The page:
The Institutional 1031 TIC Exchange

The Institutional 1031 TIC Exchange Since the 1920's savvy real estate investors have taken advantage of the evolving 1031 exchange rules promulgated by the IRS. Many of you are probably familiar with this concept, if not veterans of the procedure. The ability to defer capital gains and depreciation recapture taxes, as well as the opportunity to "trade up" to larger properties, has benefited property owners for decades. Recent conditions in the real estate market, however, have made it difficult to find good values on replacement properties in many East and West Coast markets. Fortunately, there are alternatives to finding your own properties, especially when you are ready to retire, or want to search for properties outside your region in order to find more favorable cap rates.

Tenants-in-Common ("TIC")
A recent article published in AIM highlighted an alternative form of ownership known as Tenants-in- Common, which is the direct coownership of real estate with the pass through of all profits, debts and liabilities on a pro-rata basis. Going a little further, recent IRS publications have created a strong demand for what are known as Sponsored or Institutional 1031 TIC exchanges. IRS Revenue Procedure 2002-22 Like many great investment strategies, this one is the direct beneficiary of an IRS ruling, Revenue

Procedure 2002-22 ("RP 2002-22"), issued in March 2002. It has spurred a considerable amount of activity among institutional real estate firms to offer 1031 TIC exchange properties to small and mid-size real estate owners. Many of these sponsor firms have traditionally offered indirect investment opportunities through business entities, such as limited partnerships and REITs, which DO NOT qualify for tax deferral under Section 1031.

Prior to RP 2002-22, investing in TIC real estate through an institutional sponsor was often confused with making a passive investment in a business entity. The distinctions between TIC (direct ownership) versus an indirect/passive ownership structure was often blurred because of the participation and oversight of a sponsor firm. Since March 2002, however, the IRS has made the distinction more concrete by specifying the conditions that must be met for the IRS to issue a private letter ruling qualifying a 1031 exchange. This has clarified the specific conditions under which an institutionally sponsored TIC could be considered an undivided co-ownership interest in an investment property, and not a passive investment.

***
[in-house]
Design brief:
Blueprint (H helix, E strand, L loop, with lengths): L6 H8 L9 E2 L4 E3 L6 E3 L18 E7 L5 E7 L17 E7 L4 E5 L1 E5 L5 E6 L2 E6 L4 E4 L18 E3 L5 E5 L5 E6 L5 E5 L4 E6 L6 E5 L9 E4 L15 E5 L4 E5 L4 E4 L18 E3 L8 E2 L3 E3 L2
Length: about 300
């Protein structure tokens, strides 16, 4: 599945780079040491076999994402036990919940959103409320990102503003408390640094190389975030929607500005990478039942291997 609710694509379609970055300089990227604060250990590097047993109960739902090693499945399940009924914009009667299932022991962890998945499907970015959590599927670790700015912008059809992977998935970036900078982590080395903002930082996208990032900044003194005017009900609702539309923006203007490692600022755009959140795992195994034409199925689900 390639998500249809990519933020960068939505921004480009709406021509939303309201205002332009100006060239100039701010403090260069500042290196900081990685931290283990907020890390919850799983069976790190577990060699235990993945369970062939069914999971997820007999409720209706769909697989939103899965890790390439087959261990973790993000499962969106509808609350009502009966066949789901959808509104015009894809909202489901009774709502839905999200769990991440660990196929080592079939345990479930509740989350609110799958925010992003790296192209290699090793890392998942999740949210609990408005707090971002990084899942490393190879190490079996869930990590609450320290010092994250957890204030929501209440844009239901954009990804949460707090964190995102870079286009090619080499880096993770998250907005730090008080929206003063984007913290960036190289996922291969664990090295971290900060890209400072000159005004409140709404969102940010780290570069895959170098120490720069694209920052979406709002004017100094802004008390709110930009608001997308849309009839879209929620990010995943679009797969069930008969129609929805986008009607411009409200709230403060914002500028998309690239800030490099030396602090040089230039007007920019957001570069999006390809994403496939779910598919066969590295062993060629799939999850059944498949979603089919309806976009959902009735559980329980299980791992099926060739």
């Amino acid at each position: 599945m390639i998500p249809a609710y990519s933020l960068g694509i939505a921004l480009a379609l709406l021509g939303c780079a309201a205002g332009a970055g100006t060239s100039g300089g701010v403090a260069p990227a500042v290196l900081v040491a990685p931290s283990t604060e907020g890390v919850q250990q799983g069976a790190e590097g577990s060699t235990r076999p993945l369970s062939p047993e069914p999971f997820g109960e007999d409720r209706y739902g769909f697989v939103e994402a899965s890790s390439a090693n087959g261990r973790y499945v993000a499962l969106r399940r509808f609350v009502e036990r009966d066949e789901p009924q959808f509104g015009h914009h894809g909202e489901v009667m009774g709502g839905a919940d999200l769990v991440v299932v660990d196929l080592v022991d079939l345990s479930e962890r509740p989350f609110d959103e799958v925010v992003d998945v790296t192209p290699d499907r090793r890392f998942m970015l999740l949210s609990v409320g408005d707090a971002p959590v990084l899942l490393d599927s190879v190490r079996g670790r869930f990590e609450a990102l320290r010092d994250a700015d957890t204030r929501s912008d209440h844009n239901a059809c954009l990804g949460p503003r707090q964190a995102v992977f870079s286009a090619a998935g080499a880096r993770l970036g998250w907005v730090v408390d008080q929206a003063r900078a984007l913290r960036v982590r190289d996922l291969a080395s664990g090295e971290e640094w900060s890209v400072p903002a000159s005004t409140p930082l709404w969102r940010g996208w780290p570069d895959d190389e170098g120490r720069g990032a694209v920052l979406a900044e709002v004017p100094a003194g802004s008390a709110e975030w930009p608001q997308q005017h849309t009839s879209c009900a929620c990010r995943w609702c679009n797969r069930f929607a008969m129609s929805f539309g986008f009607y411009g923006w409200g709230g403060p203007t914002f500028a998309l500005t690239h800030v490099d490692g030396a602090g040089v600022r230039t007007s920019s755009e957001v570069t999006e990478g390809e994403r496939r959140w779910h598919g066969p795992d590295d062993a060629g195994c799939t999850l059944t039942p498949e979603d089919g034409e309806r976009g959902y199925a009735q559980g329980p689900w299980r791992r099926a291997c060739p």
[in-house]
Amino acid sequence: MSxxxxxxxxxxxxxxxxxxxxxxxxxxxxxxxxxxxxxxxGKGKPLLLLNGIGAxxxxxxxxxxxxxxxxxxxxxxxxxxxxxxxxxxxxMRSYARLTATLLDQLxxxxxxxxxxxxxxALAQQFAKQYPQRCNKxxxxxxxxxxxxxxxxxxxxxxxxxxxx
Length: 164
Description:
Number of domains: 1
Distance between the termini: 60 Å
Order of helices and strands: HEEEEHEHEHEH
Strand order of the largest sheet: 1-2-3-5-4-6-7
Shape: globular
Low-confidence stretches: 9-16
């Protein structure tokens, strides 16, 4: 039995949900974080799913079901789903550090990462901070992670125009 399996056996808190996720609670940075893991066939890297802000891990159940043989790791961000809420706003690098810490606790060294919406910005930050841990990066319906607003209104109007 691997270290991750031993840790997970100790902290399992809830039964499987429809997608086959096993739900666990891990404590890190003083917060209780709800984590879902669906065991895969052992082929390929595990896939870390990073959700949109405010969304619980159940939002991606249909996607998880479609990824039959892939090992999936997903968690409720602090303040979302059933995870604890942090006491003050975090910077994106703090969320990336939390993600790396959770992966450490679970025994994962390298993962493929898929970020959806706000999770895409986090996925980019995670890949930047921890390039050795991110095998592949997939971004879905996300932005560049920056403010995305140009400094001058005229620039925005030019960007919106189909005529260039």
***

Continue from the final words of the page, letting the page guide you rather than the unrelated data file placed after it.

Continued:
Why Should Any of This Matter to You?
These recent clarifications by the IRS have opened the door to greater flexibility and opportunity for small to mid-size real estate investors. Some of the potential benefits include:
  • Access to institutional quality real estate (e.g., class A office space and retail centers).
  • Regional diversification opportunities in relatively undervalued markets.
  • Institutional financing rates/terms.
  • Non-recourse leverage.
  • Increased cash flow from larger properties.
  • Greater return on investment.
  • Preservation of equity.
  • Continued capital appreciation potential.
  • Triple net leases to credit quality tenants.
  • Release of day to day management responsibilities.
  • Additional depreciation.
What Are Some of the Downsides?